IOM: Economic Hardships Cause Increased Departures from Libya

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On Saturday, the International Organization for Migration (IOM) said that there have been increased departures from Libya. This is linked to the higher number of migrants attempting the often-dangerous routes by sea. The trend might be indicative of the economic hardships migrants experience due to the COVID-19 restrictions and the reduced employment opportunities that have followed from such restrictions.

In its annual report, the IOM said that unemployment rate among migrants, who have recently arrived in Libya, increased to 22% in 2020. Unemployed migrants face food insecurity, financial issues and a lack of safe drinking water compared to working migrants.

In 2020, hundreds of migrants were rescued from warehouses managed by various smuggling/ trafficking rings where they faced abuse at the hands of these organized groups.

Currently, the prevailing narrative focuses primarily on migrants in detention, the dangers of irregular migration (exploitation and abuse) and the dangers along the Central Mediterranean Route. However, the latest IOM data indicates that less than 1% of the total number of migrants in Libya is in detention. The main characteristic of Libya, with respect to migration, is that it continues to be a country of destination.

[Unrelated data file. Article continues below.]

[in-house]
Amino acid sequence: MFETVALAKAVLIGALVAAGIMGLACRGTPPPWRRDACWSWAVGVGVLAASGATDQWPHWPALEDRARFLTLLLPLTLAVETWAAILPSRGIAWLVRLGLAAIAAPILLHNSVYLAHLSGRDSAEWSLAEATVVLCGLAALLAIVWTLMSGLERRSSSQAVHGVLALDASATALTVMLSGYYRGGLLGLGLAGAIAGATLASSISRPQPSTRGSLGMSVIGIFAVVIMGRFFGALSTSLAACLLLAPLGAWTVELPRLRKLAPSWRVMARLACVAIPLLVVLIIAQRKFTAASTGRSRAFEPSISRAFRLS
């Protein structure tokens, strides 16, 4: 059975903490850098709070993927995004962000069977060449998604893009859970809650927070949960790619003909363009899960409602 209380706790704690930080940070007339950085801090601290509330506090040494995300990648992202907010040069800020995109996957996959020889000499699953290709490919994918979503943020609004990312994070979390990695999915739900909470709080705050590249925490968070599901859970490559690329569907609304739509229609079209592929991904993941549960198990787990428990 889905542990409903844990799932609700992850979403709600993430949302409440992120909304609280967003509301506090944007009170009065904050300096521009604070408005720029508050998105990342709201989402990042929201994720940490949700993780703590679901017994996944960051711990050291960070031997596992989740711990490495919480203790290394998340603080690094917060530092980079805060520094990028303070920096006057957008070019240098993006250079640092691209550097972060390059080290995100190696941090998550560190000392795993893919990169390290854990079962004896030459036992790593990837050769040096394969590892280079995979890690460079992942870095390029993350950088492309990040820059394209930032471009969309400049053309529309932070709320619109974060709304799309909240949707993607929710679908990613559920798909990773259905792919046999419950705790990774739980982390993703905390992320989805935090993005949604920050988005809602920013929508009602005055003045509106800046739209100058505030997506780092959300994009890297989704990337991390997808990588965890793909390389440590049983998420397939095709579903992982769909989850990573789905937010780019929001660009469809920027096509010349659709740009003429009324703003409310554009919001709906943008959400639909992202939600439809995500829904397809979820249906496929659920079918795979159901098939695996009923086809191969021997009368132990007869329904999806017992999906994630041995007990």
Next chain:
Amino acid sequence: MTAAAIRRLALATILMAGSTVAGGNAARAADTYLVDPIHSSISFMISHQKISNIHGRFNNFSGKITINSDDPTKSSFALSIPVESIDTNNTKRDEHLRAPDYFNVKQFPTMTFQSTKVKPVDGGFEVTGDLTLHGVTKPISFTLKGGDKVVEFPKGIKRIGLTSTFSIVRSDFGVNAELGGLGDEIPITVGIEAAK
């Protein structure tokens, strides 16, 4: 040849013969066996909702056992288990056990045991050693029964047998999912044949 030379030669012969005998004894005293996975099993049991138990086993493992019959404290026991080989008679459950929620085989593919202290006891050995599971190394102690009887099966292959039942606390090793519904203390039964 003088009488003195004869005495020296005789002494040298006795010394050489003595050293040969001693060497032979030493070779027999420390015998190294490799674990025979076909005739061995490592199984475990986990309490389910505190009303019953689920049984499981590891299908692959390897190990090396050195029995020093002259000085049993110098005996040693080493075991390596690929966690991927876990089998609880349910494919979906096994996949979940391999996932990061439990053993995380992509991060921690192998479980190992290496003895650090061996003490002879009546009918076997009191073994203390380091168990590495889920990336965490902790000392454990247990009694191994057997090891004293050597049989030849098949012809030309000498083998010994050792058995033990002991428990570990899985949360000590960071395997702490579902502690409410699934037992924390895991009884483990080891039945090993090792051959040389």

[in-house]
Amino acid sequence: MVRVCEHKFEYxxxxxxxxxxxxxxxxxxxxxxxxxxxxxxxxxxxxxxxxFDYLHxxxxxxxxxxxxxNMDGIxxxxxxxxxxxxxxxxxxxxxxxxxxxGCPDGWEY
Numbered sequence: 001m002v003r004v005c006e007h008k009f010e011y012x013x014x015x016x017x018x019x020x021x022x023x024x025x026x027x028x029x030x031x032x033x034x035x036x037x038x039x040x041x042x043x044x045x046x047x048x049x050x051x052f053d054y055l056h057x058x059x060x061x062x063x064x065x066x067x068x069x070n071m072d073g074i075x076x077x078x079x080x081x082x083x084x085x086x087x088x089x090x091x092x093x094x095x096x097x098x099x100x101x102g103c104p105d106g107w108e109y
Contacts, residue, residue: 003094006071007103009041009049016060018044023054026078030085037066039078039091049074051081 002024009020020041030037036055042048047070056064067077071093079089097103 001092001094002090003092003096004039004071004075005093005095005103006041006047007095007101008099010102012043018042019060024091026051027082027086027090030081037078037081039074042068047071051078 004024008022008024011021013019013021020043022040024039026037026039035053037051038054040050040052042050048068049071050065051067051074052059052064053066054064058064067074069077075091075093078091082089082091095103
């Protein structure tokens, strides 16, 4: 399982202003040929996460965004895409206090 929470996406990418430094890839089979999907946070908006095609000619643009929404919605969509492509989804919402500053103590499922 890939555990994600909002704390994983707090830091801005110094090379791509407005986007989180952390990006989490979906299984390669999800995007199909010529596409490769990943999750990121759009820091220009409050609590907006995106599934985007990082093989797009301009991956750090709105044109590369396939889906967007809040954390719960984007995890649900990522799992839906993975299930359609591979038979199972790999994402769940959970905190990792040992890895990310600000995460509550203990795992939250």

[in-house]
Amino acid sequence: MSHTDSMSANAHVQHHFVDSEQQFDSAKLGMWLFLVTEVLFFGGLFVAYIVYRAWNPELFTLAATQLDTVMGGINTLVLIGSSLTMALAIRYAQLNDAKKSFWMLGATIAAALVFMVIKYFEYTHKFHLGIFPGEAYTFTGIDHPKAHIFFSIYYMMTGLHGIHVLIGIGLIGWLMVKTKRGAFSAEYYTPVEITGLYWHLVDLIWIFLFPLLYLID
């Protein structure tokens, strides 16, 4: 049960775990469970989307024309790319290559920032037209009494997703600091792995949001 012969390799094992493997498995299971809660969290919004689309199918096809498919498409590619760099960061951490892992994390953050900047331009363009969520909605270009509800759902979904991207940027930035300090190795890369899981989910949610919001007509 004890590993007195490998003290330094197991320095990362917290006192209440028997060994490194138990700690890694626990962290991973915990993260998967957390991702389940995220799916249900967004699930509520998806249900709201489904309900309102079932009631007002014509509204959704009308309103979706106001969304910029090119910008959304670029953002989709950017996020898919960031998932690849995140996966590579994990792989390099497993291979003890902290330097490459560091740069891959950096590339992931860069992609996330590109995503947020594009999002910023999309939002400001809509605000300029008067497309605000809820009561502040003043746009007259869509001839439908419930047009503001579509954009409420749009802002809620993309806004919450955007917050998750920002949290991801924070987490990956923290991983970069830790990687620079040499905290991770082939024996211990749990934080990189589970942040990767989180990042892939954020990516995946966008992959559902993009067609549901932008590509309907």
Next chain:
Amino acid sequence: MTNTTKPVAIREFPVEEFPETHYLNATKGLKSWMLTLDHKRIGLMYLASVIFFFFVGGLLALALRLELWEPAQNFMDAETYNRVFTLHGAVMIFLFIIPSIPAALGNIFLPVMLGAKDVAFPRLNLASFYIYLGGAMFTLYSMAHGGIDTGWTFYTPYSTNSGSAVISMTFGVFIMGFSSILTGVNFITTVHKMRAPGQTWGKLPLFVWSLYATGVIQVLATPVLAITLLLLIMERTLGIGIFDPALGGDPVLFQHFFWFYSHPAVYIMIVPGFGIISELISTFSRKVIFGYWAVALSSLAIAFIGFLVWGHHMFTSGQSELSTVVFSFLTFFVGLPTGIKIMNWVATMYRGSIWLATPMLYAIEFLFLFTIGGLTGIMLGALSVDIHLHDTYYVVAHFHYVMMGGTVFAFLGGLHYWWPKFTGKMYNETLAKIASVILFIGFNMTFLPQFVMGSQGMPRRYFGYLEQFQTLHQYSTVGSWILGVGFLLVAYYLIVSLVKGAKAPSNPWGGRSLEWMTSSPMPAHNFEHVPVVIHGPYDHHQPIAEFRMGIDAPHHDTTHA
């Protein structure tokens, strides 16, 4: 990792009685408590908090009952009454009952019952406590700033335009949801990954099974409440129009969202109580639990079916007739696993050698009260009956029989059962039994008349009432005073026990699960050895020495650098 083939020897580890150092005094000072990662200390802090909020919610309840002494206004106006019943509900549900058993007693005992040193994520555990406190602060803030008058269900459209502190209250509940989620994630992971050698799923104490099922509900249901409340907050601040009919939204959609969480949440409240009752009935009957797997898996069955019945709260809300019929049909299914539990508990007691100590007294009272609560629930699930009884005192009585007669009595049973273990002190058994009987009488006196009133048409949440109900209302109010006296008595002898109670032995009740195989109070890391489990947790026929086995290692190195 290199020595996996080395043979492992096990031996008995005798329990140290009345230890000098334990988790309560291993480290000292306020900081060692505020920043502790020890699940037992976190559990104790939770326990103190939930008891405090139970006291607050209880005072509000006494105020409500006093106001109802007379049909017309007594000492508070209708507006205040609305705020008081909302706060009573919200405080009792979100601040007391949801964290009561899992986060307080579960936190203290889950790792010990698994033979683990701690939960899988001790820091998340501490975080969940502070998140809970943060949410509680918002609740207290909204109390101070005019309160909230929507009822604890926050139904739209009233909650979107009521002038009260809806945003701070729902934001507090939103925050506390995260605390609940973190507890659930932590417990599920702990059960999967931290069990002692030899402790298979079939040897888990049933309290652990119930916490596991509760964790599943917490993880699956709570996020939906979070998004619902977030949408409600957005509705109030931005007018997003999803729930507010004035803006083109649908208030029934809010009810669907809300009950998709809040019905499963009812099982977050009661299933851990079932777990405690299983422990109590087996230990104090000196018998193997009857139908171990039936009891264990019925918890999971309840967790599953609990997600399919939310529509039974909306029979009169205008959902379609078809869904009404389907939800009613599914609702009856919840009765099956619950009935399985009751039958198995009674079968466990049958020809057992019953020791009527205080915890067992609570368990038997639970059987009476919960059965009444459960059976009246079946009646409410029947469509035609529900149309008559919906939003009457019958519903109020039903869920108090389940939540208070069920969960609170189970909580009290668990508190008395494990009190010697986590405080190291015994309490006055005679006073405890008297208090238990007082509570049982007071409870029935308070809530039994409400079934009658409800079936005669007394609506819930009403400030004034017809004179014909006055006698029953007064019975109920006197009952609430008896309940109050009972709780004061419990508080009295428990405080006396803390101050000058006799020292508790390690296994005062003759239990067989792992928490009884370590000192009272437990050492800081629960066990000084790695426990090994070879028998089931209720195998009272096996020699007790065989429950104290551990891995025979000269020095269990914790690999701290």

IOM Libya must pursue opportunities to implement programmes promoting cultural diversity, social cohesion between migrants and host community, as well as raising awareness about the role played by migrants in Libya, socially and economically.

Future programmes will aim to challenge stereotypes, fight xenophobia and highlight the benefits cultural diversity offers. It will include cooperating with the government of Libya in developing inclusive migration policies in line with best international practices.

Furthermore, a key step forward is changing a certain negative narrative regarding migration in Libya, based on a sustainable social debate building on the positive impact and the added value of migration.

Building an accurate picture of the situation migrants face in Libya requires effective external communication.